—The iPhone costs $499 (with 4 gigabytes of flash memory) and $599 (8 gigabytes). A two-year voice and data service contract from AT&T Wireless is required. Phones will be available only at Apple Stores, AT&T-owned and -operated retail stores and the Apple Web site beginning at 6 p.m. local times in the United States only. Sorry, Canada.
—The iPhone runs on the GSM cellular standard, meaning it will never be compatible with Verizon Wireless's or Sprint Nextel's networks, which use a different standard. It's possible it could run on T-Mobile's network once the 2-year AT&T contract expires.
—There are approximately 170 Apple Stores across 35 states in the U.S. Each will close its doors from 2 p.m. to 6 p.m. Friday local time to prepare for the iPhone launch, as will the AT&T Wireless stores.
—Two new Apple Stores, in the Woodland Hills Mall in Tulsa, Okla. and the Bayshore Town Center in Glendale, Wis., will be opening their doors for the first time at 6 p.m. Friday night.
—It's not clear exactly when Friday the iPhone will go on sale at the online Apple Store — 6 p.m. Eastern time or Pacific time, that is. It's possible Apple could figure out in which time zone each buyer is, though if that were the case, it would be easy for a hacker to "spoof" an IP address in an earlier time zone.
—Most cell phone- and electronics-industry experts expect prices for the iPhone to drop significantly by Christmas.
—The iPhone has a 3.5-inch (measured diagonally) full-color LCD touchscreen. There is no physical keyboard; virtual number keypads or text keyboards pop up as required. Applications include MP3 and video playback, Apple's Safari Web browser, e-mail, text messaging, photo viewing, as well as cell-phone functions. It has a 2-megapixel digital camera, but does not as of now record video.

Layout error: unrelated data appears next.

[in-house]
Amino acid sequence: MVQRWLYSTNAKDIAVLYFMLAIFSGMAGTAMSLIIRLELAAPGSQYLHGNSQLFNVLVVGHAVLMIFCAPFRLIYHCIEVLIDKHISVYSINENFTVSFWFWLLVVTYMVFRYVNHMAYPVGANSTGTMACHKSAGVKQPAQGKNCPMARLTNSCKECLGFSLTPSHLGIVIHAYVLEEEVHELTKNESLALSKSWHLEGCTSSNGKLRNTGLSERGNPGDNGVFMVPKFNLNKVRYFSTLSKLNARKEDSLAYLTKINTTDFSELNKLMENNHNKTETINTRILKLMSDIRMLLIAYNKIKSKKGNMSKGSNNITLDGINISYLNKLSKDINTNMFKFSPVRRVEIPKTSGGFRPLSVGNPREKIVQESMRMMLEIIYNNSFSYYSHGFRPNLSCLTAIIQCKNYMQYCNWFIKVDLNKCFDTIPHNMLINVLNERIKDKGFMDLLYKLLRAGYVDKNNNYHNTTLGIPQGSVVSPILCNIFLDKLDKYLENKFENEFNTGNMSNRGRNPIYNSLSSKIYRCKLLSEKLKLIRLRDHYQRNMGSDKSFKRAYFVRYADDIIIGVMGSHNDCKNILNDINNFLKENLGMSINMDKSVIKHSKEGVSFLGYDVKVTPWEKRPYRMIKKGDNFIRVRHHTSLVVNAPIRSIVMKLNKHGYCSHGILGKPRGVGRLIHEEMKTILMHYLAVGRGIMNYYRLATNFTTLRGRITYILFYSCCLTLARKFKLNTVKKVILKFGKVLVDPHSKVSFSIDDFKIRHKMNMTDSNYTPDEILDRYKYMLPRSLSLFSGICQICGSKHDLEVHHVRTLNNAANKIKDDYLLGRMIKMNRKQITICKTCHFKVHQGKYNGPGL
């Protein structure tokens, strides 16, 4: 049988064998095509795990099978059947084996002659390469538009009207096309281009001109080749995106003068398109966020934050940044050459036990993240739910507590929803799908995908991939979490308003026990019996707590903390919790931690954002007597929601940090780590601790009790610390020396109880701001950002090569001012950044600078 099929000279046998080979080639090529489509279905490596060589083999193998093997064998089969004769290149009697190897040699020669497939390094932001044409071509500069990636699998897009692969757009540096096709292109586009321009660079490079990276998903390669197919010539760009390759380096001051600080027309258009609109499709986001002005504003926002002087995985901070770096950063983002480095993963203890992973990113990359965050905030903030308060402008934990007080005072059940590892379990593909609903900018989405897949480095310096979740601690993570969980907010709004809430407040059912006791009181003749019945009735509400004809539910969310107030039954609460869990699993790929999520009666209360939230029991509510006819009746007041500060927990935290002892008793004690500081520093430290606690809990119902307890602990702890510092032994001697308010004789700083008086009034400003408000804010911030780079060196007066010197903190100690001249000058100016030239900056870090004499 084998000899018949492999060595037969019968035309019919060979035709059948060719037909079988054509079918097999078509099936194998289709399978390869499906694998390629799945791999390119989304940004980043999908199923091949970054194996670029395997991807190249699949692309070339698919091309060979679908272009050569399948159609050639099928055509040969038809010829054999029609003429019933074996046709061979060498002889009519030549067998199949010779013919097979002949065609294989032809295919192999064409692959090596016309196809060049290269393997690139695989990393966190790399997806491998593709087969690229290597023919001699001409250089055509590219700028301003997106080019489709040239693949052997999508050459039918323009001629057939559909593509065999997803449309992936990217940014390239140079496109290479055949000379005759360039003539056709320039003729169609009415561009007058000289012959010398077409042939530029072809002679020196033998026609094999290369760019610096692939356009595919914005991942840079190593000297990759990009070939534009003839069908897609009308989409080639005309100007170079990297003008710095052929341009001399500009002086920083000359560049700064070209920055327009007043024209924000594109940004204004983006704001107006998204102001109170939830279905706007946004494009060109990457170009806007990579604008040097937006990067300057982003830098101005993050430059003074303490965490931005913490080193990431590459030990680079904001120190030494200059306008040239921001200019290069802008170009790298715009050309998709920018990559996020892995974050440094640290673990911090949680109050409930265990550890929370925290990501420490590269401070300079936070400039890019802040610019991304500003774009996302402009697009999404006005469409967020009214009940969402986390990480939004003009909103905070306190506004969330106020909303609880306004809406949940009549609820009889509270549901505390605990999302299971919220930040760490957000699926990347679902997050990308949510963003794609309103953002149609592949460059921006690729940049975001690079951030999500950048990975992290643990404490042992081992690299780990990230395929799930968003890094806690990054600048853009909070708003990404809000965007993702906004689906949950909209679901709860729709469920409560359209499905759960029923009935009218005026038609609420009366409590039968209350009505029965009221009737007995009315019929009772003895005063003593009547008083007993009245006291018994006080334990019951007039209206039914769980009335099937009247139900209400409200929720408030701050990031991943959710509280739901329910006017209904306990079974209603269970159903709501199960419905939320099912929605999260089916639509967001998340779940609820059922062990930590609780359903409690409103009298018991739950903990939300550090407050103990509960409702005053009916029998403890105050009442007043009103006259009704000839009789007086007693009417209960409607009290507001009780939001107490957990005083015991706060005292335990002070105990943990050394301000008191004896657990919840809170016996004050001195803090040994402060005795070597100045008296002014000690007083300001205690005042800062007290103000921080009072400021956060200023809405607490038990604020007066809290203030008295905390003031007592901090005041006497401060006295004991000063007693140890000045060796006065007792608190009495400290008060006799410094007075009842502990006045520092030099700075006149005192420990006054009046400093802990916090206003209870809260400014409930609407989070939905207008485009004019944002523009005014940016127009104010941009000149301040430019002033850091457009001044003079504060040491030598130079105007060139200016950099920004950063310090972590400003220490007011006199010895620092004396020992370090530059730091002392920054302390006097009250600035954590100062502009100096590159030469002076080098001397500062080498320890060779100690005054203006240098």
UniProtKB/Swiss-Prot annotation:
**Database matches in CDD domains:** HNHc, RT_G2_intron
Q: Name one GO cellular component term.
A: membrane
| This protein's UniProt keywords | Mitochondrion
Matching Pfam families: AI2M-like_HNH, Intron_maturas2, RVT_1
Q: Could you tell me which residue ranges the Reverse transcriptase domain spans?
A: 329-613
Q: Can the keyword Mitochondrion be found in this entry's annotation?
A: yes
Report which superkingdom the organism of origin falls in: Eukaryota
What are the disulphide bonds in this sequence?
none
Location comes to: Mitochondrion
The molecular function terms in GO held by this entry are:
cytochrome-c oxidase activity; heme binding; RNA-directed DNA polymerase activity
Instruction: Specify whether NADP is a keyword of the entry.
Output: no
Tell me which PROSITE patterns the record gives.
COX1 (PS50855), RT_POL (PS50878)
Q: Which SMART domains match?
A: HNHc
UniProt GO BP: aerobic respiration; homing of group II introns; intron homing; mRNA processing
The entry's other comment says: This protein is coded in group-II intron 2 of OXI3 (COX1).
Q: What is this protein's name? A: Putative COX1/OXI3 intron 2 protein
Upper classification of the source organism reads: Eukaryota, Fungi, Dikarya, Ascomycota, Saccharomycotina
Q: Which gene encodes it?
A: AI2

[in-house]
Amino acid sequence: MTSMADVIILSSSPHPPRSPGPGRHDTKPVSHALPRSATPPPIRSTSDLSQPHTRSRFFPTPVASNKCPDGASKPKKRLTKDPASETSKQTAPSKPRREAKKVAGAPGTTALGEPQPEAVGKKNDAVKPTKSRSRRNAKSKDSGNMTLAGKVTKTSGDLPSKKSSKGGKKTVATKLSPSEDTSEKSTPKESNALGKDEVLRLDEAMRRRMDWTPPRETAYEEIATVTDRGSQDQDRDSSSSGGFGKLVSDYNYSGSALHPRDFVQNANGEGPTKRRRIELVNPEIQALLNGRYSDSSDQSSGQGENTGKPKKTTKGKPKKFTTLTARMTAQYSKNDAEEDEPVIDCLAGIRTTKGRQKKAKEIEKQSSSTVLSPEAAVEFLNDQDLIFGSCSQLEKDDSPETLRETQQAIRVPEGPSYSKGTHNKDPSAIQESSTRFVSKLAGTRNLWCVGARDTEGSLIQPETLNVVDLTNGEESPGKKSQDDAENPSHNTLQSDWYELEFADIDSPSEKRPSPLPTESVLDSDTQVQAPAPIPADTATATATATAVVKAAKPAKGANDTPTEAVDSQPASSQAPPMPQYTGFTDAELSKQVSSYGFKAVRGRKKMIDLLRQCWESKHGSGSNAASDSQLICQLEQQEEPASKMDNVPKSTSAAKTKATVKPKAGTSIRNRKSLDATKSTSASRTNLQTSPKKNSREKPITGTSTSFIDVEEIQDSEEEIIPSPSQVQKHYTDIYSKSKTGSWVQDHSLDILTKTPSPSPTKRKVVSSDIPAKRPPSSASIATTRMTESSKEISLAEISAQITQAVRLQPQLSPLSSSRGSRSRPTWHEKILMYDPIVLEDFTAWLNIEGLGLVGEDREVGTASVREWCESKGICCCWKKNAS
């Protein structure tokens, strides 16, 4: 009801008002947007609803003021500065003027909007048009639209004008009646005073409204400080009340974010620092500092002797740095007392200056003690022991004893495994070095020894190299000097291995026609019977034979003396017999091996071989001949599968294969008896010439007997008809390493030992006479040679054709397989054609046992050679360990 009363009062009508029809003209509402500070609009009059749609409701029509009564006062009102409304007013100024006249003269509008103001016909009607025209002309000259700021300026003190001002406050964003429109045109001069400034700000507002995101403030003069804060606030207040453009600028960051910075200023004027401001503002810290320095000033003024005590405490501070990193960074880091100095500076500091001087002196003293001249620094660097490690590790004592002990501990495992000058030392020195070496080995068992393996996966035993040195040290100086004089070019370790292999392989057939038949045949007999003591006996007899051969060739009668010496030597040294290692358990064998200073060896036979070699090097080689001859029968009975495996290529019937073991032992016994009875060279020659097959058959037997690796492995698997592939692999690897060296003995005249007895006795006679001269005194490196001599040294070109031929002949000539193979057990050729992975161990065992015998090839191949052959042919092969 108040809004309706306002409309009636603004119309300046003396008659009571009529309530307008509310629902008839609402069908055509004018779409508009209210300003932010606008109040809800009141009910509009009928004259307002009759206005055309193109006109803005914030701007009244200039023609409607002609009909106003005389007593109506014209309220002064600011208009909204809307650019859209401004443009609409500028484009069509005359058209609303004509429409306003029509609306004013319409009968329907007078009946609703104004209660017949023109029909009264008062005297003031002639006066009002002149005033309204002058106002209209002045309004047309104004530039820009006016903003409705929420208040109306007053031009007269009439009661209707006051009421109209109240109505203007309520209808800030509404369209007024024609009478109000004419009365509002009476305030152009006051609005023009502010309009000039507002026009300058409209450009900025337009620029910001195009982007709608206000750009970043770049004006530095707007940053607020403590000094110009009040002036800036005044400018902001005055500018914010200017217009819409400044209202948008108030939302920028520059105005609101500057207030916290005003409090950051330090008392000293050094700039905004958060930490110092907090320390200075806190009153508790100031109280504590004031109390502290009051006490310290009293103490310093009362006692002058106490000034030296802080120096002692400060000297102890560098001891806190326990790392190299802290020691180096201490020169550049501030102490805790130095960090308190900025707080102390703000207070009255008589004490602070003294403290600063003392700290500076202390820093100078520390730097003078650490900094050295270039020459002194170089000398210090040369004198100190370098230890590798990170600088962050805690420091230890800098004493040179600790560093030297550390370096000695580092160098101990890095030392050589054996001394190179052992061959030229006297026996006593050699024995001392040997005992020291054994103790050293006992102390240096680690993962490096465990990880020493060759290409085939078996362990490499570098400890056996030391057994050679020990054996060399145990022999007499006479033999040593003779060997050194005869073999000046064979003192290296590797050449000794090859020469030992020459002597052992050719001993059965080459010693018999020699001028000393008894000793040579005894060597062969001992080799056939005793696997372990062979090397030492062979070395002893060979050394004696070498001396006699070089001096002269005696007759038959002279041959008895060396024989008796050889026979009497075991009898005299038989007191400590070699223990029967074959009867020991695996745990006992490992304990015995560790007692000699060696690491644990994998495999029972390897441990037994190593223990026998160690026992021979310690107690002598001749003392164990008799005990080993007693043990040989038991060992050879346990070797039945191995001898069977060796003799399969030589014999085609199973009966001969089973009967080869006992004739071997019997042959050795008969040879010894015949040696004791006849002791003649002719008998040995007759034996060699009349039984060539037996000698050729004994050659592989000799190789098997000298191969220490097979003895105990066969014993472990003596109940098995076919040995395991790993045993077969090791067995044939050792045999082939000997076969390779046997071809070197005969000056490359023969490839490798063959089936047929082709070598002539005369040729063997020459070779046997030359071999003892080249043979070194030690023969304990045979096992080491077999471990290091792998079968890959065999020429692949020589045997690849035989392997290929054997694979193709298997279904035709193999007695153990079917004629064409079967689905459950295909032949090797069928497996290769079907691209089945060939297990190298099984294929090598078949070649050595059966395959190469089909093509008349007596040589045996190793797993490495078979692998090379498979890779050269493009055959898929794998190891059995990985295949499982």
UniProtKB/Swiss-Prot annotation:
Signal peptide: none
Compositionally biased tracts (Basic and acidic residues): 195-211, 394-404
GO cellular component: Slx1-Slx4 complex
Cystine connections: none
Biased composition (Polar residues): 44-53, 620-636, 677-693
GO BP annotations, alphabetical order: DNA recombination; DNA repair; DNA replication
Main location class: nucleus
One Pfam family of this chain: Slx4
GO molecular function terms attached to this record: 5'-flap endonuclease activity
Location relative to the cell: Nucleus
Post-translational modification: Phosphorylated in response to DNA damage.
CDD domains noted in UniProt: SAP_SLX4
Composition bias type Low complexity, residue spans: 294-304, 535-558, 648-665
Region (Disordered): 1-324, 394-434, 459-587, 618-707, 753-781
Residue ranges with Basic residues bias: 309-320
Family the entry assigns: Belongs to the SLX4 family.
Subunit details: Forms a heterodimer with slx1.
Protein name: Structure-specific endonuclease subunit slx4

—Voice connectivity is via AT&T's GSM network. Internet connectivity is via AT&T's EDGE data network or local Wi-Fi hotspots; the initial versions of the iPhone will not connect to AT&T's faster HSDPA data network, though that will almost certainly be included in later versions. Bluetooth connectivity will link the iPhone to similarly enabled devices, but it is not clear if Internet access can be achieved this way. Nor is it clear whether some sort of Voice over Internet Protocol telephone service might be possible through the Safari Web browser.
—In a first for the cell-phone industry, the iPhone will not be activated in-store. Instead, each end user will need an online iTunes Store account to activate one of several AT&T service plans. Holders of existing AT&T wireless plans will be able to keep their old numbers, but will still need iTunes. The iPhone will not work, even as a music player, without cellular-service activation.
—The iPhone is compatible with iTunes running on Mac OS X 10.4.10, Windows XP Home or Professional with Service Pack 2 and all versions of Windows Vista except Windows Vista Home Basic. Connected PCs will need a USB 2.0 port.
Apple store locations: http://www.apple.com/retail/storelist/
AT&T Wireless store locations: http://www.wireless.att.com/find-a-store/iphone/
iPhone details: http://www.apple.com/iphone